Most scenarios have special rules, but during a scenario, players mostly have to face different enemies. Each turn, each player chooses two cards from their hand. The number on the top chosen card determines their initiative number for the round. Players can decide in which order they select these cards and the order does not indicate the order in which they must actually utilize these cards.

Each action card has two actions (one depicted at the bottom and one at the top). When it is a player’s turn, based on the initiative order, that player decides whether to use the upper power of one card and the lower power of the other, or vice versa. Used cards are discarded and can only be retrieved after a short or long rest, but not all cards go back into the hand. If a player runs out of cards, that player becomes exhausted and cannot finish the scenario. Cards are used to carry out attacks, move players or perform other actions. Besides players, there are of course enemies and they too have an initiative number.

Besides actions chosen by players based on their cards and the deck of attacks/actions of enemies, the outcome of battles is also decided by the influence of so-called attack modifiers. These are decks of small cards that can make attacks stronger or weaker. For example, there are cards with some kind of critical hits or other status modifiers. This is perhaps a luck-induced gameplay element, but is necessary to ensure that, firstly, the game feels thematic and, secondly, exciting. Indeed, it prevents Gloomhaven from becoming a pure optimisation puzzle. Incidentally, players do have plenty of influence over these decks, as they can add or remove cards as their characters get ‘better’.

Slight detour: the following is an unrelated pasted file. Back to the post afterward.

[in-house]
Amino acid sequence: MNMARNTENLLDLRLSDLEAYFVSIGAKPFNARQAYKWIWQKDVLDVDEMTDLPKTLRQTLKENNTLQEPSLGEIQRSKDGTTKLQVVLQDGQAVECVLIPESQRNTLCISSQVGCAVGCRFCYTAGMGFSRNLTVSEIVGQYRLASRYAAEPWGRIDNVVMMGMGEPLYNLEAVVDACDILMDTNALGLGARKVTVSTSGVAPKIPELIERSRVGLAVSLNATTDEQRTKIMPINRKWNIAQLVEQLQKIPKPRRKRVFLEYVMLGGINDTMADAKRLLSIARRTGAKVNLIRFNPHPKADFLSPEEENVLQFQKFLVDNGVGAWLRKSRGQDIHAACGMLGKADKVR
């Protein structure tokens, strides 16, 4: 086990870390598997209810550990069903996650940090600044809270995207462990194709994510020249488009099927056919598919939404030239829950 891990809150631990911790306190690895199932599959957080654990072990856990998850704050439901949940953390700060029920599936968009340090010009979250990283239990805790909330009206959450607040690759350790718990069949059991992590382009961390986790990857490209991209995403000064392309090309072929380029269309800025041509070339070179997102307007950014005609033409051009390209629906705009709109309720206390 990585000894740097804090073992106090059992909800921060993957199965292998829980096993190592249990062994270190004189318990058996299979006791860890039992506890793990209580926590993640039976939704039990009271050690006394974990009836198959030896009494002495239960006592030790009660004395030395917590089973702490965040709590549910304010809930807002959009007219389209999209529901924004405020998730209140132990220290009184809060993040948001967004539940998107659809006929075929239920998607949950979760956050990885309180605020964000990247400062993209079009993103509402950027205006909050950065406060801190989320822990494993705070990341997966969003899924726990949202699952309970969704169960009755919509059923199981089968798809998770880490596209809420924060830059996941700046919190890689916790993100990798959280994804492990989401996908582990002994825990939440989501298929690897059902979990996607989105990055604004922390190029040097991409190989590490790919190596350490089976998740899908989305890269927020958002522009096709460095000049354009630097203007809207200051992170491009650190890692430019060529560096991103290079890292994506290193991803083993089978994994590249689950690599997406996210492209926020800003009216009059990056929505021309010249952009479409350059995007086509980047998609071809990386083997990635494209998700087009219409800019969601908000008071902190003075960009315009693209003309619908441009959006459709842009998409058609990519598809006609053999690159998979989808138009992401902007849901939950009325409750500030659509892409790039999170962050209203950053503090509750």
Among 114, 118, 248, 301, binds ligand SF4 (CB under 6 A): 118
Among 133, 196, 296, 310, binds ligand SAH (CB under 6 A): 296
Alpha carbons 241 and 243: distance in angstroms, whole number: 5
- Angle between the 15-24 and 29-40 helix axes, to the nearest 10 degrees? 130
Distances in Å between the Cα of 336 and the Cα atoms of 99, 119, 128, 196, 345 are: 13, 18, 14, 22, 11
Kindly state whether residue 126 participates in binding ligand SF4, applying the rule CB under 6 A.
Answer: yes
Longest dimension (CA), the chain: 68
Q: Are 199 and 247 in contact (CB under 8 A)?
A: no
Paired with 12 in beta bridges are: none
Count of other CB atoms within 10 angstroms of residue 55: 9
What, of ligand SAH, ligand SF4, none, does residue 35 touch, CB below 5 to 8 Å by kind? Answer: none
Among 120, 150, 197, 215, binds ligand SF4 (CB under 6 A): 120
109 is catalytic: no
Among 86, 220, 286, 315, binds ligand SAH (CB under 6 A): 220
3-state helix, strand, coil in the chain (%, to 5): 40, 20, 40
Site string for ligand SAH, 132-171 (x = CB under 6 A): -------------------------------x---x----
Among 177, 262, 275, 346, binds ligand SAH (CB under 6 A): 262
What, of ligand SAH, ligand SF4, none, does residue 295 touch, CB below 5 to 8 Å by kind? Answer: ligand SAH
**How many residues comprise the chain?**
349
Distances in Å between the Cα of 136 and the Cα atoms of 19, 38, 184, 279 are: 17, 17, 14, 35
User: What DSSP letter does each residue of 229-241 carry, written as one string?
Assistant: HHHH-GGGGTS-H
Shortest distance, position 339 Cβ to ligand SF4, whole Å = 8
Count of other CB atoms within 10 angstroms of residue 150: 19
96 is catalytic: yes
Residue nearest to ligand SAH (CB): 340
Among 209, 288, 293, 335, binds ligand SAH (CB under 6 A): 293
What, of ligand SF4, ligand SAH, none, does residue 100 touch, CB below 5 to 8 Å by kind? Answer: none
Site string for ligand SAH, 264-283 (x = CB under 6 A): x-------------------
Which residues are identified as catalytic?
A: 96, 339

Gloomhaven is a rock-solid game that is great in terms of game mechanics. The story is intriguing, the characters’ different tactics in combination with other characters and the unique rules of each scenario are always a hugely interesting puzzle. Jaws of the Lion removes my biggest criticism and makes for a manageable Gloomhaven experience.

I love the regularGloomhaven because of the narrative element of each scenario, and that is separate from the written-down stories. In fact, players experience plenty of stories and adventures even through the gameplay itself. The combat mechanics and puzzle element of each scenario is exciting. Usually, the dividing line between loss and victory is razor-thin and you usually achieve a scenario with a minimal number of cards left in hand. Jaws of the Lion is streamlined, offers players an easy way to learn the Gloomhaven mechanics through play, and contains everything that makes Gloomhaven great.